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The Hub

It’s the word that got me first. What does ‘hub’ conjure up to you? I keep thinking of a hive of insects, which is obviously wrong. Or the hub cap covering a car wheel, often dirty and broken. Or the centre of a bicycle wheel with spokes heading out in all directions. Actually I think that last one is probably what is meant by a hub, at least in terms of the Hubs that are being set up for disabled adults under New Directions, to provide a base for accessing services in the community. However the name does not give me a warm fuzzy feeling, or suggest somewhere welcoming. At least not to me.

But I’m always willing to be converted, so I happily accepted an invitation to visit a Hub in Drogheda, about a 40 minute drive north of Dublin. Obviously I brought my disabled daughter B with me, so I could see what she thought, and whether it would suit her.


This Hub is a revamped building in the grounds of a Rugby Club in Drogheda, it was set up as a partnership between parent group Autism Support Louth&Meath, the Irish Health Service (HSE ) and non-profit Praxis, and parents sit on the steering group. It provides a service for 15 adults, all bar one have autism. and most have moderate intellectual disabilities. The adults spend 75 per cent of their time in the community and go out in groups or on their own – everyone has a personalised programme of activities. There are also group activities like yoga and music and the adults can choose to take part or not. There’s even an allotment with chickens!


Specific life skills are taught, like how to use a pedestrian crossing safely. Specialists come in to the centre to meet individual needs, such as occupational therapy. There are a number of different rooms for different activities, such as this lovely relaxation room.


The Hub was wheelchair accessible but there were no changing place toilets for those who need a hoist for toileting or changing. Nor was there a medical team on site.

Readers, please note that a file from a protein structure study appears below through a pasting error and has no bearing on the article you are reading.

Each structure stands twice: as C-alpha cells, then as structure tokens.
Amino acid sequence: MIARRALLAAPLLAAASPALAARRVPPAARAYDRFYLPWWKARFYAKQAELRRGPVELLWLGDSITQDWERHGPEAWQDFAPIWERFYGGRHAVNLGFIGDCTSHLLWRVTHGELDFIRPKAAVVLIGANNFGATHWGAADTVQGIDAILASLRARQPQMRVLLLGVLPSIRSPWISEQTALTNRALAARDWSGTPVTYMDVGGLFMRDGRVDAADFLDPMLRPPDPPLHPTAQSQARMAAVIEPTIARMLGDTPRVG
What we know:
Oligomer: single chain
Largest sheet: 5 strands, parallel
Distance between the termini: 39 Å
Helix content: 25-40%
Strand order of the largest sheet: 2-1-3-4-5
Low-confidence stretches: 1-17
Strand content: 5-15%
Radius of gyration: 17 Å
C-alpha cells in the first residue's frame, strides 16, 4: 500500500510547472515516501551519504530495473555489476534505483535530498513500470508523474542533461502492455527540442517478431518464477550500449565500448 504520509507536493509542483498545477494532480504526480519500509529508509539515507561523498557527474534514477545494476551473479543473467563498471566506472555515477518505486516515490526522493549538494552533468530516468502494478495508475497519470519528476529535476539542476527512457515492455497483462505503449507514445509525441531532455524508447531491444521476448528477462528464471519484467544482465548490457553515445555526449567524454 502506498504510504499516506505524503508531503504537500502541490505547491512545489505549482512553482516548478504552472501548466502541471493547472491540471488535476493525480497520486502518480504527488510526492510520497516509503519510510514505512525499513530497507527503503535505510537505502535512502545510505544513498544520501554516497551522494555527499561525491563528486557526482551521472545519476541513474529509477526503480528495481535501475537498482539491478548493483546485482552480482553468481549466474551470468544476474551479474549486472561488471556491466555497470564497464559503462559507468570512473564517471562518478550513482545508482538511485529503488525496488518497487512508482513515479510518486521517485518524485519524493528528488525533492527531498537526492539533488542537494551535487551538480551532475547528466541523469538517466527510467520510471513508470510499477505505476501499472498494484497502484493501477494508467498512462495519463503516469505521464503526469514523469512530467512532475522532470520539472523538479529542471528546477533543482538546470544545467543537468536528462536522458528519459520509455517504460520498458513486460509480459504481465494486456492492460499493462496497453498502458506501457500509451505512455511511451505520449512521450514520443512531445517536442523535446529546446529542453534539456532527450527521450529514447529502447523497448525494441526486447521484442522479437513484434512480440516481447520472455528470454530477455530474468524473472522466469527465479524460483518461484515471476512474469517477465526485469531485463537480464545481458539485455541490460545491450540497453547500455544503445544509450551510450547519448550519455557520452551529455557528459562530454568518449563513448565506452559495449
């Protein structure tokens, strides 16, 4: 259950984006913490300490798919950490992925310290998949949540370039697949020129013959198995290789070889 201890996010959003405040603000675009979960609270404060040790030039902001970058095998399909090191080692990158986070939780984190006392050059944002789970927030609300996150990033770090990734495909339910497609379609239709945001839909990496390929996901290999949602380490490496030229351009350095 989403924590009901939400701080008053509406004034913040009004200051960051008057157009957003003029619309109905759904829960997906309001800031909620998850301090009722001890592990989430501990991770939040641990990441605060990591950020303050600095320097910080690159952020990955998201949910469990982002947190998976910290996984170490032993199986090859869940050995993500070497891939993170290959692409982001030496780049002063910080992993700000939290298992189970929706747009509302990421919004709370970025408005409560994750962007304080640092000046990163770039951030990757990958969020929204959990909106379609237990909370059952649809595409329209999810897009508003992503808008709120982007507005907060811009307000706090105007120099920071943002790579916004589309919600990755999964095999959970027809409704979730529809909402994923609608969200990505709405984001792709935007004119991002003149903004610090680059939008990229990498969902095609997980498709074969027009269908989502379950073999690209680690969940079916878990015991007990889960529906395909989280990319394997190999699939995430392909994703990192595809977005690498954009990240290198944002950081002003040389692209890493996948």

The atmosphere was quiet, friendly and purposeful, perhaps a bit too quiet for my daughter, who was a bit withdrawn during the visit. The adults at the centre all seemed content and occupied, which was great to see.

Perhaps there will be different kinds of hubs, maybe some will be more lively, and with a wider range of facilities, who knows? My daughter follows a very similar programme, and spends a lot of time in the community, but it’s not ‘her’ community, it’s a couple of miles away, and under New Directions, she’s supposed to be closer to home. Also her current service is on a campus – which means it has lots of specialist facilities that are not available in the community – but campuses “do not comply with the criteria.” This makes me sad.

I can see how hubs could offer a much better lifestyle for those with autism and mild to moderate disabilities, who can easily enjoy and take part in community activities.

But I’m not convinced yet that hubs could work better for adults with multiple disabilities and complex medical needs. My daughter seemed to agree, she was interested, but not excited.



Do you mind?

Do you mind that this is an old style blog? An on-line diary that mixes angry rants with reasons to be cheerful.

Do you mind that it’s mostly about disability and carers? Because that’s my life now.

Do you mind that I don’t have time for polished writing any more? Because blogging now feels like a self indulgence since I can no longer justify it as honing my writing skills or learning about social media and coding.

They say that those who matter, don’t mind. I hope that’s true, because no-one has to read any of this stuff if they don’t want to.